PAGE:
The picture on this page is worth a thousand words. OK, maybe just 854. It was taken six days after the SEMA show, the day before the start of the Goodguys 16th Southwest Nationals in Scottsdale, Arizona, and five days before the 100 percent copy deadline for this issue. Photographer Robert McGaffin and I are at a rest stop on Interstate 10 somewhere in Western Arizona, and we are enjoying a beautiful sunset, the type of which you rarely see outside the region. Rather than flying, we are driving our project cars to attend the Goodguys event, ostensibly to gather "content" for future stories.
Within our company, there are administrative people who perform millions of invaluable yet thankless chores, one of which is arranging travel. I always find it funny that they think we want to fly on planes. Around here, planes are for ad sales guys and people with VP in their title. Personally, I'd rather drive, or even walk, than get another dose of backscatter radiation from the TSA porn box. Running a kickass car magazine gives me the perfect excuse to drive kickass cars, so that's the way I roll whenever possible.
Those of us who make car mags/websites/videos didn't get into the biz to make money, we got into it to build and drive cool cars, and to share that experience with other like-minded people. Notwithstanding, you could probably guess that in a company our size, there are a great number of people who are motivated about a variety of non-car things, like spreadsheets, software code, sexual harassment prevention training, financial reports, page views, performance reviews, and search engine optimization. These corporate activities provide a dense set of hurdles that on top of an editor's many nonautomotive operational duties really test exactly how passionate we are about cars. Translation: I've got to put up with a mountain of nonsense just to arrive at the precious moment depicted in this photo.
Notice that McGaffin isn't smiling. His Project Olds has a minor oil leak, and problems with his parking brake caused him to miss out on the Optima Challenge the weekend prior. Like I told McGaffin, sometimes a car is like having a German girlfriend—you love her, but she doesn't love you back. Unlike McGaffin, I am smiling. The Nova is running fine, its new Edelbrock E-Street EFI is getting fantastic fuel mileage, and I am putting the corporate cube farm further in the distance with every passing mile. Ten minutes after this pic, we were hammer down, Flowmasters bellowing off the k-rail, staring the remnants of a liquid sunset in our sideview mirrors. My spirit was soaring and my heart bursting with joy—I dare say, cube workers back in Irvine would've hardly recognized me.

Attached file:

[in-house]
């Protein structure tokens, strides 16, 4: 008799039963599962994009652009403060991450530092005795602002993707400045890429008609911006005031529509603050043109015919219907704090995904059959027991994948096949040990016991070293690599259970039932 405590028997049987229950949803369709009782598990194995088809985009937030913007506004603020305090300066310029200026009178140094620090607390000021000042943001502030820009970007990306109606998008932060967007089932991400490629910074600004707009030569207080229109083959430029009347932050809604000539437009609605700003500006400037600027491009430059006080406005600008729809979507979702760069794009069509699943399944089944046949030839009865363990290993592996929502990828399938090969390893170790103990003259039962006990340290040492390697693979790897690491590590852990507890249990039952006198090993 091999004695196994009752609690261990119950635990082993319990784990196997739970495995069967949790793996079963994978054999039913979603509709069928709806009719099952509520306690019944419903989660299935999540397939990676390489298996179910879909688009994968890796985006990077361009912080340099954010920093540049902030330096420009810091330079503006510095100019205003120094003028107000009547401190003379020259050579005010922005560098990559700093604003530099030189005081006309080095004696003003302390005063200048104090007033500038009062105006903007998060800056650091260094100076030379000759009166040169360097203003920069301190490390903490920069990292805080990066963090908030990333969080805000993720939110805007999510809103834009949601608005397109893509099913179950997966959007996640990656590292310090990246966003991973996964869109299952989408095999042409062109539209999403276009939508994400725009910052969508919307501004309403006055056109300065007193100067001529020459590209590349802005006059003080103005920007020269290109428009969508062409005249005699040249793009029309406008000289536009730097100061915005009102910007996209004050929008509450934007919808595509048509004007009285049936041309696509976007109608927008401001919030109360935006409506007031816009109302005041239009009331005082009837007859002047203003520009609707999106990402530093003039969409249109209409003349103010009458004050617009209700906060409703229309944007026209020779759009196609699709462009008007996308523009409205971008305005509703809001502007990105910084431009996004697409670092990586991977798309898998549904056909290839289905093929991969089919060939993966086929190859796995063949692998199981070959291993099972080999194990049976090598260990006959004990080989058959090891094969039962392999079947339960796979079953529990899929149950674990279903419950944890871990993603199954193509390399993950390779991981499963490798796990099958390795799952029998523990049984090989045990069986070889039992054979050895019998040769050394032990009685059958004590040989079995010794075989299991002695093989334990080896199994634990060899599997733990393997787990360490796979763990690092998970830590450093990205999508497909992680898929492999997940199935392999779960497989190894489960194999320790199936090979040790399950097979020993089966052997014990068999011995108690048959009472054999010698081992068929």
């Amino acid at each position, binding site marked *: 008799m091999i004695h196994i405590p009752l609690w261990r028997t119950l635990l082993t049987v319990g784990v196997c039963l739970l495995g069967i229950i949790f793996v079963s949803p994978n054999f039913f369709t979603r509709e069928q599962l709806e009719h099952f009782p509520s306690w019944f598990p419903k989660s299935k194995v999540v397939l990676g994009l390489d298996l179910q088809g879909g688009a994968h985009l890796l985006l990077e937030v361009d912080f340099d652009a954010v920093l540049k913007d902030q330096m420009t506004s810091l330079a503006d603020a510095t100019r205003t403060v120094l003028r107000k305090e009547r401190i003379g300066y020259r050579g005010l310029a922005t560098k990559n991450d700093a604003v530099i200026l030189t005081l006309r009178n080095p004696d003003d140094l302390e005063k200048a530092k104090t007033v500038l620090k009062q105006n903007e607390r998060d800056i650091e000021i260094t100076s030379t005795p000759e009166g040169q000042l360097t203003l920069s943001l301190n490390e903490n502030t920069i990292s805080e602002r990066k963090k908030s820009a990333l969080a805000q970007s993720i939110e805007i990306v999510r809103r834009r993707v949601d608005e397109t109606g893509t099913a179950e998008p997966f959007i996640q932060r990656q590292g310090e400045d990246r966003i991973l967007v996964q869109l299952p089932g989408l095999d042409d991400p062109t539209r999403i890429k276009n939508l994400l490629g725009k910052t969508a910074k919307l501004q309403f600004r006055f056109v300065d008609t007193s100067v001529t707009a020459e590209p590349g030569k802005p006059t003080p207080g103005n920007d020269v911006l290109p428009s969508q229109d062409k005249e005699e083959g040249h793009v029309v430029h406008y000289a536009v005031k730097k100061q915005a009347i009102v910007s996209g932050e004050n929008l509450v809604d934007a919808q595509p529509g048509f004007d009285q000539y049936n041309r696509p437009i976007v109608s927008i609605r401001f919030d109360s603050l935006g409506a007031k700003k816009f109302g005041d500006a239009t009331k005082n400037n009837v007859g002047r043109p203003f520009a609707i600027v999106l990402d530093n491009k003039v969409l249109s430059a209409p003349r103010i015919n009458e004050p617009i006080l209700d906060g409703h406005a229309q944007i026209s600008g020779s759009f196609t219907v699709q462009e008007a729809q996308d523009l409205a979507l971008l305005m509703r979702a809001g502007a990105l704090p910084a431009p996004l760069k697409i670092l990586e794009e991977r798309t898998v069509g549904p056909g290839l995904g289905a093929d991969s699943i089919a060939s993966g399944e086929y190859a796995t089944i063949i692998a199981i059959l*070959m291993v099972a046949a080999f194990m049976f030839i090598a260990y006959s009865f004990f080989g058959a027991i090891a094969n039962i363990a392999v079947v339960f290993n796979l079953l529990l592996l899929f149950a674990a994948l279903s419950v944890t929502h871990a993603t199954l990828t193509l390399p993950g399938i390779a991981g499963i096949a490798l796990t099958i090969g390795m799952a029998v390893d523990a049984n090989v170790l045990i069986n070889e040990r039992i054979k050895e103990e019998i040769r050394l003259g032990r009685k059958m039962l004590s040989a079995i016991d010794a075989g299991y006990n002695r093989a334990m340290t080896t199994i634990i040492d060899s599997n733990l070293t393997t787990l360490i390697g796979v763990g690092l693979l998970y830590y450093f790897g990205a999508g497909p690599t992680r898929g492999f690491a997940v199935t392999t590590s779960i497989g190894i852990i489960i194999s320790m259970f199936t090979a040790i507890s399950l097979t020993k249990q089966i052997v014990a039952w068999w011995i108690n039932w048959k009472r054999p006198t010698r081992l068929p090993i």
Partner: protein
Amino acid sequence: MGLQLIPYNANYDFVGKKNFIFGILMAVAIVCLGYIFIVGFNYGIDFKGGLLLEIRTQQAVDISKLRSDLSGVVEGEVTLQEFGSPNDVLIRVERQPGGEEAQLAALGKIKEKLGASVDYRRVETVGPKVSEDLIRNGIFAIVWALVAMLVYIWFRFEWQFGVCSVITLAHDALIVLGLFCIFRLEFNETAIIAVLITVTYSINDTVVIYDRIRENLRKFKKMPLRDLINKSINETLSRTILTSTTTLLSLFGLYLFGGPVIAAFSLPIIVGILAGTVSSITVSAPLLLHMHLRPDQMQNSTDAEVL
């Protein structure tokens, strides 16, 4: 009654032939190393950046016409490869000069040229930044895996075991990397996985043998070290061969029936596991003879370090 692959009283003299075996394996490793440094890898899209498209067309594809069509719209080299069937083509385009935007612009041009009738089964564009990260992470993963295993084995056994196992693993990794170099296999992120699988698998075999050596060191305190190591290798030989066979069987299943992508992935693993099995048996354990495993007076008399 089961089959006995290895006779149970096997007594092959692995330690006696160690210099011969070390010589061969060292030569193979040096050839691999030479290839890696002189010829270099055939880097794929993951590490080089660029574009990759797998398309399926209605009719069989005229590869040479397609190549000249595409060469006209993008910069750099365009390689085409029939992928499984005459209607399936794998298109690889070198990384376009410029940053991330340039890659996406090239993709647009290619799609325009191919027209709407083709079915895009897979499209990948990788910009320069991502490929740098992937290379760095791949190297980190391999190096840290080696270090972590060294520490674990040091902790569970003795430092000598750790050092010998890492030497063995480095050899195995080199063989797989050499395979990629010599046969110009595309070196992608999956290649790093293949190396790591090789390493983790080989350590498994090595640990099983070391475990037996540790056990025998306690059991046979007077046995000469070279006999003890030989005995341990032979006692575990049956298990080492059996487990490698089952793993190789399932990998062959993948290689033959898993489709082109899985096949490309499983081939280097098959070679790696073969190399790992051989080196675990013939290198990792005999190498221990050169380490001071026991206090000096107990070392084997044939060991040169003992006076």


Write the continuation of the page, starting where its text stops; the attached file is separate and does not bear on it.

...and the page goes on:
I really needed this day to happen...I was just two bad decisions away from becoming another post office gunman.
These are the moments we live for, the ones we put up with intense pressure and deadlines to experience. I'll bet your life is similar, whether you work within the industry, or you stamp out plankton wafers at the Soylent Green factory. You circle that day on the calendar for some hot rodding activity, and wait for it to finally come. When it does, it's like coming up for air, and you feel more alive than usual. Turn the key in the ignition and the colors seem more vivid. It's just you, your friends, your car, and the open road.
I really needed this day to happen—my Nova was like a lifeboat that saved me from a burning ship in the middle of the ocean. My email was on fire, my calendar was bleeding at least three shades of ink, my blood pressure was through the roof, and my phone was blowing up (in my case, literally). I was just two bad decisions away from becoming another post office gunman. When the engine fired up the first time that morning and I heard the wicked lope of that Big Mutha Thumpr COMP cam, it was like a huge weight lifted off my shoulders.
As I listened to the hypnotizing thrum of the 400-inch small-block ricochet off the rocks, I regained some perspective. I had just come from the world's most awesome automotive spectacle—the SEMA Show in Las Vegas—and I was now headed to the Goodguys Autocross Finals in beautiful Scottsdale. The country's fastest and most agile muscle cars would be there letting it all hang out for $10,000 in prize money, and I had a front row seat to both—and to think I was getting paid to see it all. Suddenly, I felt like an ungrateful asshole. I'm the last guy who should be complaining. There were still hundreds of poor cubicle workers back in the office who couldn't escape.
In the coming weeks, the schedule doesn't get any easier for me—but I will gladly suffer through mind-numbing quantities of email, impossibly short copy deadlines, new corporate edicts, software that doesn't work, and training videos that make my eyes glaze over, just to get to the next moment like this. In the end, this isn't a job, it's an adventure that you just can't beat, and I'm glad you're along for the ride.